But putting this together has not been without its challenges! All four of the original cast were asked to reprise their roles for this production and all of them agreed. However, with a seven night run, and a lot of rehearsals scheduled, it was becoming increasingly difficult for the two actresses to be part of it, due to family and other commitments. Then one of the actresses landed a role in a shorter run play but one that has the likelihood of becoming mainstream in West End – so both actresses in the end had to sadly pull out. Then, just before rehearsals were due to start, it was clear from being committed to 4 other productions, one of the original male members of the cast would not be able to perform in this either. We miss them and wish them all the luck in the world for their next ventures and no doubt (unless superstardom awaits) we will be working with them again.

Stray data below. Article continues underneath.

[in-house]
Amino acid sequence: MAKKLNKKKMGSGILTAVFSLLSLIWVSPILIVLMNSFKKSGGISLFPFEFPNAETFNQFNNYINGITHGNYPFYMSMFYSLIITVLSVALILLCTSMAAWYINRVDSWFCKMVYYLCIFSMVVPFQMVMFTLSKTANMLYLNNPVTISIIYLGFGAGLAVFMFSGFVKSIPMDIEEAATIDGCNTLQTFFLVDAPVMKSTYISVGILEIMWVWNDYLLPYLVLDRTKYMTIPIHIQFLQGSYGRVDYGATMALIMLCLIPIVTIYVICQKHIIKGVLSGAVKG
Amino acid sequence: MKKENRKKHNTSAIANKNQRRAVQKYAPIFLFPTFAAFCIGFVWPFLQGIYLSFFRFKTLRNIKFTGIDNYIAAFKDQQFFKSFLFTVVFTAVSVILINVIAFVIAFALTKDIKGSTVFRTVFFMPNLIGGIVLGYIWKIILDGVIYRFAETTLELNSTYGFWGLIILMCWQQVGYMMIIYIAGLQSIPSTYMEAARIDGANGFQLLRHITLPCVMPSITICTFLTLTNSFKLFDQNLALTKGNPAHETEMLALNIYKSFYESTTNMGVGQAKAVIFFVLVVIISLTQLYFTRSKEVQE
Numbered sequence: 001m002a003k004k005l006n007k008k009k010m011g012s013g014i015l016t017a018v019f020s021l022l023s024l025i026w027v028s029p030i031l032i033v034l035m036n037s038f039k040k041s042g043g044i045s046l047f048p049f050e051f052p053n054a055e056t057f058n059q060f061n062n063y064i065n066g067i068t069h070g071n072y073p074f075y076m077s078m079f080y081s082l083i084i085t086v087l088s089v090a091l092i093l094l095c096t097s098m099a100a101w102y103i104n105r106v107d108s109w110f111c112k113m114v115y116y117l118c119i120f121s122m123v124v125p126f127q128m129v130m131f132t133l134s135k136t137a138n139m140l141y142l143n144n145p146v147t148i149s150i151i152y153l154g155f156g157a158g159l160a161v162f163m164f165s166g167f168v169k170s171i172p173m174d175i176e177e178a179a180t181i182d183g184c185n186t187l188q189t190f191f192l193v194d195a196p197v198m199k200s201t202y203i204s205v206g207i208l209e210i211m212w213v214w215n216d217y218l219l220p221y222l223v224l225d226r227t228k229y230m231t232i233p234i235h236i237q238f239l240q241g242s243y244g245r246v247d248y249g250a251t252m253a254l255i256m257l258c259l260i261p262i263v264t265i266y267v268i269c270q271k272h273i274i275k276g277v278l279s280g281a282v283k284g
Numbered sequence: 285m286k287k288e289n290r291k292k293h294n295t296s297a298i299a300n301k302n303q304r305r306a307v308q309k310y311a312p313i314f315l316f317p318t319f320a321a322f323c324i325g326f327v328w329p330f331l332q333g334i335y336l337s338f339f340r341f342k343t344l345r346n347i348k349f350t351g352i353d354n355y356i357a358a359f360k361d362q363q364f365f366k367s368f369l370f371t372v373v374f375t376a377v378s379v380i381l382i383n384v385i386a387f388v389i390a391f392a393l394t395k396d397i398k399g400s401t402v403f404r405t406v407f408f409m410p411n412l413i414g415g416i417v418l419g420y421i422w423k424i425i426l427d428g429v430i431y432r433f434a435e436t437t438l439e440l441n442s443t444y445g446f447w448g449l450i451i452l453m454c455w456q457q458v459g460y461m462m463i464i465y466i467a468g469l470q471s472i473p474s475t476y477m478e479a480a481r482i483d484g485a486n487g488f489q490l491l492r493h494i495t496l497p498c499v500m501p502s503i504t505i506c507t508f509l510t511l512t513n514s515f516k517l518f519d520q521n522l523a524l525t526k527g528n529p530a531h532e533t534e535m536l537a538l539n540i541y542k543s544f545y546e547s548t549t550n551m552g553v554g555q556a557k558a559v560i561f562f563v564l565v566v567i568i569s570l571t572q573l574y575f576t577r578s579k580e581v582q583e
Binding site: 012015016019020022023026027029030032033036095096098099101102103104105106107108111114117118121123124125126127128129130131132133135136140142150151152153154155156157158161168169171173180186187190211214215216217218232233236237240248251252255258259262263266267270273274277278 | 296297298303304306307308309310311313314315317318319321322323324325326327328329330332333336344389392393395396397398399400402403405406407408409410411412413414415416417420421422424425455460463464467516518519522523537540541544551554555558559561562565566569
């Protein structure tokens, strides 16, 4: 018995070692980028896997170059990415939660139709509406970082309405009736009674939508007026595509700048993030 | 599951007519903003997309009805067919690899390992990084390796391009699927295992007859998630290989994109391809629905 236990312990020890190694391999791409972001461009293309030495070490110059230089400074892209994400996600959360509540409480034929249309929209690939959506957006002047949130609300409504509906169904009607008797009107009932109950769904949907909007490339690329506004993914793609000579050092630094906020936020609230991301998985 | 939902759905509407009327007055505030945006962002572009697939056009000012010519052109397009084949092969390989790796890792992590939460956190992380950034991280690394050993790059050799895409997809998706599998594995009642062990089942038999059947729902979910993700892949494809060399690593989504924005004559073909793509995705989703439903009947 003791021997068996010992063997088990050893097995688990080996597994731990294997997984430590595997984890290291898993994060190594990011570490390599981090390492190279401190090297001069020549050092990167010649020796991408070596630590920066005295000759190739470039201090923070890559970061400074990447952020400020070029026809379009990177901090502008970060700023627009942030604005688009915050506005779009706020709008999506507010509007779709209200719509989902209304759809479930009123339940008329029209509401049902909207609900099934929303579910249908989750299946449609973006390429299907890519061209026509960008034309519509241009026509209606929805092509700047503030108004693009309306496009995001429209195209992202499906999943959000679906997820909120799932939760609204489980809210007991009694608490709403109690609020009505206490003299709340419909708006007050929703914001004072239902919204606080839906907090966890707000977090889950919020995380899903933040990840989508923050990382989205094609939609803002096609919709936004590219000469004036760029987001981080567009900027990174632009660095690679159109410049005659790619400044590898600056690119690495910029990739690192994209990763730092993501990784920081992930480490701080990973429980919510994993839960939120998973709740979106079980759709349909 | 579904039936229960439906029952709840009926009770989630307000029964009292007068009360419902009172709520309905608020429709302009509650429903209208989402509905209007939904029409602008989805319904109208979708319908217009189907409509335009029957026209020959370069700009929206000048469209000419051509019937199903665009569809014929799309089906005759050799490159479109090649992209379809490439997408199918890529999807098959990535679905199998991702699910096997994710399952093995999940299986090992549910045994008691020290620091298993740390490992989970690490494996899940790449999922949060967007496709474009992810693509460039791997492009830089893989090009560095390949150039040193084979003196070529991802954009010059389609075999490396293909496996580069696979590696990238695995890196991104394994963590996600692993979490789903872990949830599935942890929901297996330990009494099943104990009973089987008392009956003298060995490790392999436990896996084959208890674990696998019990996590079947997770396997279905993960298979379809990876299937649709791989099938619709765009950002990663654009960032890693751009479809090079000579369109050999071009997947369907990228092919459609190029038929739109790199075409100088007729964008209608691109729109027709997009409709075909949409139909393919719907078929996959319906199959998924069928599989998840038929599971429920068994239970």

Did this send us into a panic? Well, perhaps a little. But there brilliant thing about Twilight Theatre is the amount of talented actors and actresses that we already know and love, ones we know would be perfect for the roles, ones we can call on to ask could they possibly be available for a 7 night run for a brilliant play in the middle of the Brighton Fringe? Yes was the answer. With the writer / director filling the last remaining female role, cast, with 5 weeks to opening night, was set.
Of course with the writer / director (who is also an actress) now being in the play, someone else had to be brought in to co-direct, for perspective and assistance with portraying the overall vision. This is in the shape of the writer / director’s husband, himself an actor / writer / director, and this team is putting together a superb show with very talented actors.
Although as Susanne said: “It’s very odd being directed by your husband to play the role of another man’s wife…”